Through my work as a consultant, management experience, and recent study of organizational analysis, I have come to better appreciate the now-mature idea of the learning organization.
Becoming a Learning Organization
Despite decades of organizational theory promoting the idea of the learning organization and its contribution to continuous improvement, organizations still struggle to develop learning cultures.
Peter M. Senge, who published “The Fifth Discipline: The Art and Practice of the Learning Organization” in 1990, visualized the key disciplines or practices of the learning organization as follows:
According to Senge, organizations need to tap into their members’ capacity to learn, and put into place the right structures to foster continuous learning. This, in turn, increases the organization’s chances of gaining new information, and applying it to better anticipate and adapt to changes in the environment.
The idea remains challenging to define and even more difficult to operationalize. This classic 1993 piece from HBR defines learning organization as follows:
A learning organization is an organization skilled at creating, acquiring, and transferring knowledge, and at modifying its behavior to reflect new knowledge and insights.
The author, David A. Garvin, notes that traditional definitions of learning organization tend to be abstract, and not necessarily useful guides to implementation in the real world. Further, the creation or acquisition of knowledge within an organization is not sufficient to create a culture of learning. Translating that knowledge into new behavior is also necessary, if continuous improvement is to take place.
In a subsequent 2008 article, Garvin and his co-authors discuss a survey tool to help organizations gain an understanding of how well their organization (and units within their organization: teams, divisions, projects, etc.) learns relative to other organizations.
The authors discuss three measurable building blocks within the learning organization: a supportive learning environment, concrete learning processes and practices, and leadership behavior that provides reinforcement.
As noted by Norman Jacknis, the idea of the learning organization is currently undergoing a rebirth. He points to the idea of the learning organization as a “holy grail”, but also the failure of knowledge management initiatives in many organizations. Jacknis points to the emergence of analytics and big data as making the process of organizational learning easier and better. Instead of acting as memoirists, experts can now “…help kick off the building of the model and even assist in interpreting the results of the analytics.”
While the focus of these discussions is often on the competitive advantage conferred on learning organizations within the private sector, the model is also relevant to non-profit, governmental and regulatory organizations.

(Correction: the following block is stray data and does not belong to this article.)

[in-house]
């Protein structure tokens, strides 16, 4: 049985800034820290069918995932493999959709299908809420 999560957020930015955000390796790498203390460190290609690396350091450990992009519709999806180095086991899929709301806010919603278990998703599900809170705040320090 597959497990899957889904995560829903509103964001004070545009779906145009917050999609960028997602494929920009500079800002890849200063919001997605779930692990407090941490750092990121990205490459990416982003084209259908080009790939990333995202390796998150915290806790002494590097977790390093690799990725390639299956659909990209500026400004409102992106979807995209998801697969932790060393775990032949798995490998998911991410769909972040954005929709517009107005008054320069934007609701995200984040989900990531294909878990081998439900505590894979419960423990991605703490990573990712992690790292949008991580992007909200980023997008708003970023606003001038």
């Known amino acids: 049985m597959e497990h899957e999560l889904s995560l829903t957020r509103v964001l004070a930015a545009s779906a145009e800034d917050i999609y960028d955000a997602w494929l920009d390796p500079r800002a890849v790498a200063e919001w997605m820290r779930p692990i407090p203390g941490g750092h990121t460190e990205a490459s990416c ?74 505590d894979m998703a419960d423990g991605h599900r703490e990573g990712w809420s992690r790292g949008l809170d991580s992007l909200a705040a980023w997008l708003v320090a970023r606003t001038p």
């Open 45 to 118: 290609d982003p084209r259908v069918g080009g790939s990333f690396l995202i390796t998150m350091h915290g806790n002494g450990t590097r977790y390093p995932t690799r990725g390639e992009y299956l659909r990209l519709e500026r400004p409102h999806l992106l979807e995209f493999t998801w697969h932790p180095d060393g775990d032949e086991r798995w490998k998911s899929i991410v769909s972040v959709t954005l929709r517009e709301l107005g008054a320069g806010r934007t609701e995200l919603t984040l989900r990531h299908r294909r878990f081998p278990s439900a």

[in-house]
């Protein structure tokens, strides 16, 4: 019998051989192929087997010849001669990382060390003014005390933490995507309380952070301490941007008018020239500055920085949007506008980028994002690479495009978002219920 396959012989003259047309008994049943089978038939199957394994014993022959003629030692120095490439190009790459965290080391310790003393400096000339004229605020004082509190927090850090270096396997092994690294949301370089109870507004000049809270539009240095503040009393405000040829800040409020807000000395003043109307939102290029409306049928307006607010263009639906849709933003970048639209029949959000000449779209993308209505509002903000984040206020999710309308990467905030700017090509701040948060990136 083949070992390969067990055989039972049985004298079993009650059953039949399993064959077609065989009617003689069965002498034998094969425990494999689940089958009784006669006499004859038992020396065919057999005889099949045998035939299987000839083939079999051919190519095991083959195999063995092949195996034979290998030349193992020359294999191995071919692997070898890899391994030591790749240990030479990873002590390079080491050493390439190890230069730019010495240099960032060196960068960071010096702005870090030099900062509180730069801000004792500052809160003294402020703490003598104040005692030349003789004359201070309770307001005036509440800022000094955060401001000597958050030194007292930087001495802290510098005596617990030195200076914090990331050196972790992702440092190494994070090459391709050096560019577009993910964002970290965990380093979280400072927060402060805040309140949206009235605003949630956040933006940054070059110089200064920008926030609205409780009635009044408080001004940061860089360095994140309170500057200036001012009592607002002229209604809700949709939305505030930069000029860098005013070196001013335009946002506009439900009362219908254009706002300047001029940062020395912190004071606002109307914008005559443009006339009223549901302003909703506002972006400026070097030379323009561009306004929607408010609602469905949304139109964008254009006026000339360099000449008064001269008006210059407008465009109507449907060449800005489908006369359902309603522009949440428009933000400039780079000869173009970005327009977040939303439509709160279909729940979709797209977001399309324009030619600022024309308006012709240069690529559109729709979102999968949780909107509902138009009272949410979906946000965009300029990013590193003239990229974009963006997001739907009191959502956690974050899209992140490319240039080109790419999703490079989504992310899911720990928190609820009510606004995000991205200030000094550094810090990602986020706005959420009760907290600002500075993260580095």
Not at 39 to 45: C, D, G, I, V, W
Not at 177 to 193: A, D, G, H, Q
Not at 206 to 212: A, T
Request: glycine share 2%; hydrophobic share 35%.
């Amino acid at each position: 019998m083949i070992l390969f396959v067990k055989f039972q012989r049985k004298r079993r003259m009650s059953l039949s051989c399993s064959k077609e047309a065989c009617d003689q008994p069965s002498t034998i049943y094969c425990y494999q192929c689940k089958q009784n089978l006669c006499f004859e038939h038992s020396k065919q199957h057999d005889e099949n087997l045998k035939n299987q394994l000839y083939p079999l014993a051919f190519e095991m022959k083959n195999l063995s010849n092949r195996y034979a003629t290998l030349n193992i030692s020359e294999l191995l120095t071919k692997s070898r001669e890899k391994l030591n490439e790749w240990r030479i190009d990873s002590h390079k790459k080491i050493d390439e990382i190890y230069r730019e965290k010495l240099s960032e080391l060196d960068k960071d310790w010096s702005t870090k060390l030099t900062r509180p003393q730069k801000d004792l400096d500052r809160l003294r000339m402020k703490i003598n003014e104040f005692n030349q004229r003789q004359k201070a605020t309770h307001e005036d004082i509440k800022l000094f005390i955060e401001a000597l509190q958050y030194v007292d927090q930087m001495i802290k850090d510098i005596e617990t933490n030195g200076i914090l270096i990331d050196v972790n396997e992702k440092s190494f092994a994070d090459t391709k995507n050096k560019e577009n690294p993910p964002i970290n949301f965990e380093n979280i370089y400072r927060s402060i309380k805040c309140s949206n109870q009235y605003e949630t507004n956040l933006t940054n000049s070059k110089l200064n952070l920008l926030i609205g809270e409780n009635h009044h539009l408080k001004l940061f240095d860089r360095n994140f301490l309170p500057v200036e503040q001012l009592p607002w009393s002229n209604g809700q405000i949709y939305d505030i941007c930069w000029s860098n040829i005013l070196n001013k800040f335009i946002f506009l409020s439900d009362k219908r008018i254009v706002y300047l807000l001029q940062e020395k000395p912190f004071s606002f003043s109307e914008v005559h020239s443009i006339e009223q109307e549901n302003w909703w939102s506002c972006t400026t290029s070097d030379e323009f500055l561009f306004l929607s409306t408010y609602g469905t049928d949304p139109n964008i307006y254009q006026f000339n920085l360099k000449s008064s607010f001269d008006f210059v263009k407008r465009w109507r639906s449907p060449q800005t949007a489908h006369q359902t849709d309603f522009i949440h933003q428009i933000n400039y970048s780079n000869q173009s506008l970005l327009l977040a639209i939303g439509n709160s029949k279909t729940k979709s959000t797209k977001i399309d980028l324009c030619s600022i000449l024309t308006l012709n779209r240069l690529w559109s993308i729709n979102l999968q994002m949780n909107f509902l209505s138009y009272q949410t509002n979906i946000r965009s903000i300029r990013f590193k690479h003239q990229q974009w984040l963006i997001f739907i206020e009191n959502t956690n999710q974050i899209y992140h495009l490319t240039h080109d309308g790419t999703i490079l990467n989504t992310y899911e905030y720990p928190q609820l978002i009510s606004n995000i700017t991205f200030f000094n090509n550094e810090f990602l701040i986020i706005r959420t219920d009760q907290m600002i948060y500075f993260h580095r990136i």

See also related ideas – just culture, problem-solving, root cause analysis
Creating a Learning Culture
If you are a manager concerned with continuous improvement, you need to think about how to create a learning culture within your organization or team. Tomas Chamorro-Premuzic and Josh Bersin outline four recommendations to accomplish this:
- Reward continuous learning: Create a formal, effective reward system and create a climate that nurtures critical thinking and encourages speaking up.
- Give meaningful and constructive feedback: Managers are understandably reluctant to have difficult conversations with staff. It is of course easier to provide positive feedback over negative feedback. But managers need to be able to highlight knowledge gaps and skills deficits, as staff may be unaware of their own limitations.
- Lead by example: Leaders’ routine behaviors have a strong influence of the performance and behavior of their teams. Leaders need to display curiosity and learning of their own. If you want your team to read, you should read. If you want to encourage your team to be critical thinkers, you need to model this behavior.
- Hire curious people. See below.
Selecting the Right People
When recruiting new staff, we tend to focus on the candidate’s C.V., i.e., his or her existing education, experience, knowledge and hard skills. These are unquestionably important factors to consider, and indeed one means of gaining new knowledge within an organization is to recruit new staff with that knowledge.
However, we are not as good at screening candidates for the softer skills that matter so much in the workplace. For example, how has the candidate demonstrated a willingness to take accountability for his or her work? To accept constructive feedback from managers and peers? To admit to error, demonstrate humility, and show a willingness to learn and change?
The authors suggest that proper selection of staff allows managers to facilitate potential, rather than work against a person’s nature. There are measurable traits that correspond with an individual’s propensity to intellectual development and learning, and personality assessments measuring openness to new experience, tolerance for ambiguity, critical thinking, and inquisitiveness.
In short, to create a learning culture, managers need to foster the right environment (provide rewards for continuous learning; give meaningful feedback; lead by example) and hire people who are hungry to learn.